I’ve started having restaurant dreams again after being free of them for 25 years.

Anyone who’s ever waited tables knows these dreams. Your whole section is seated at once and you’ve lost your order pad and the tables have been rearranged so you don’t know how they’re numbered. Or you walk through the dining room and someone from every table you pass asks you for something — another round of drinks, a dessert menu, the check — and you think you’ll remember them but as they accumulate you realize you’ve forgotten them all. You go in the kitchen and there are dozens of plates ready but you have no idea where they go. You run to the basement for something — what? some mustard, a bottle of wine — and you never make it back to the dining room because you’ve taken the wrong stairs or the wrong hallway and you just keep trying and trying until you wake up. Everyone you pass wants something, the cooks, the customers, the manager, the other waiters. Everyone hates you. You’re running in circles, you have no idea what you’re doing. You’re crying in the bathroom.

I waited tables for a living through the better part of my twenties, mostly hated it, was never very good at it. But it was what you did, and sometimes it could be fun, certainly much more fun than sitting in an office. It paid MUCH better than retail and even back then when rent was cheap it was a struggle to pay the bills. We’d work till midnight, then drink martini after martini at the bar around the corner, usually for free or next to it because we knew the bartenders and we were all in this together, take turns disappearing into the bathroom to snort cocaine (our pockets were STUFFED with cash!), and find ourselves at dawn in someone’s apartment who we probably didn’t even know, clammy, grinding our teeth and waiting for the drug dealer to show up because as everyone knows you don’t stop snorting cocaine until there’s no. more. cocaine. Anywhere. Or I’d end up at St. Mark’s Baths at 4 a.m. and home by sunrise feeling downright virtuous.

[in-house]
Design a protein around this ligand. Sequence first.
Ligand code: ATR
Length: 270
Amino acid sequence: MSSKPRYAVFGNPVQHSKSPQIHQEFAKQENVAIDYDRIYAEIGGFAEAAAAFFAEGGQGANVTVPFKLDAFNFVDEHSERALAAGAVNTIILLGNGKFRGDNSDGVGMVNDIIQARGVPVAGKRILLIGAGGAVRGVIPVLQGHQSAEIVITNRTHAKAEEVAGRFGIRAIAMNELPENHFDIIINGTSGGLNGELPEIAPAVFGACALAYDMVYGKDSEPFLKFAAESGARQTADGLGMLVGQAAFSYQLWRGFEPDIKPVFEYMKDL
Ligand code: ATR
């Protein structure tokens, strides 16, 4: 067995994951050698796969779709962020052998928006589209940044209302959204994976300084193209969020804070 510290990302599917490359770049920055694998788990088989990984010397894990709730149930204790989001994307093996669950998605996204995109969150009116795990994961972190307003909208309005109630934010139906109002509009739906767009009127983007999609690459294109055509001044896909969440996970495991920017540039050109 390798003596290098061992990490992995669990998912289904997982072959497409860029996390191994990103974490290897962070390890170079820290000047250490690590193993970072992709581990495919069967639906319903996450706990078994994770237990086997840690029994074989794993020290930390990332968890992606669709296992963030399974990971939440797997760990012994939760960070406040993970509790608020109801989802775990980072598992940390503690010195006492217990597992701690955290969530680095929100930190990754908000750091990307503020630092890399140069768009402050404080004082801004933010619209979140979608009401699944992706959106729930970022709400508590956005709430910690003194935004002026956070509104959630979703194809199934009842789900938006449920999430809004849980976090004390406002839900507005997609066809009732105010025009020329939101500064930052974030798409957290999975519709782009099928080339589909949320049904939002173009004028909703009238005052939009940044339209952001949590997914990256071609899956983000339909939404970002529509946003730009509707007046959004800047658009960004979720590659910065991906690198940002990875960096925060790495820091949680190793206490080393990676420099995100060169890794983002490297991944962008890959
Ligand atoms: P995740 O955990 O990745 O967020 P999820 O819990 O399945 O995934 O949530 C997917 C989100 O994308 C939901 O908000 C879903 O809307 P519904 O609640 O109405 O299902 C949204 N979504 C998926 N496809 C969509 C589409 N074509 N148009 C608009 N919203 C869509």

Sorry. That was a tangent. But sometimes I think about my early twenties and wonder, “How am I even alive?”

So, the dreams. I’ve started having them again. They continued for maybe 5 years after I left restaurant work for legal proofreading at 29, and, though I have my share of anxiety dreams they haven’t involved restaurants for a very long time. Until the last few weeks. Now I have them just about every night. Sometimes several times a night, in variations. I don’t sleep well or soundly, haven’t for years.

Life is, I don’t know, heightened lately. There’s my show headed for Broadway knock wood. My mother-in-law was recently diagnosed with cancer, and there’s no way to spin that any other way than bad. My father had a scare this week, not as serious, but he’s 85 and alone. Crazy good, crazy bad.

And now I’m having those dreams again that I’m waiting tables and failing, failing, failing.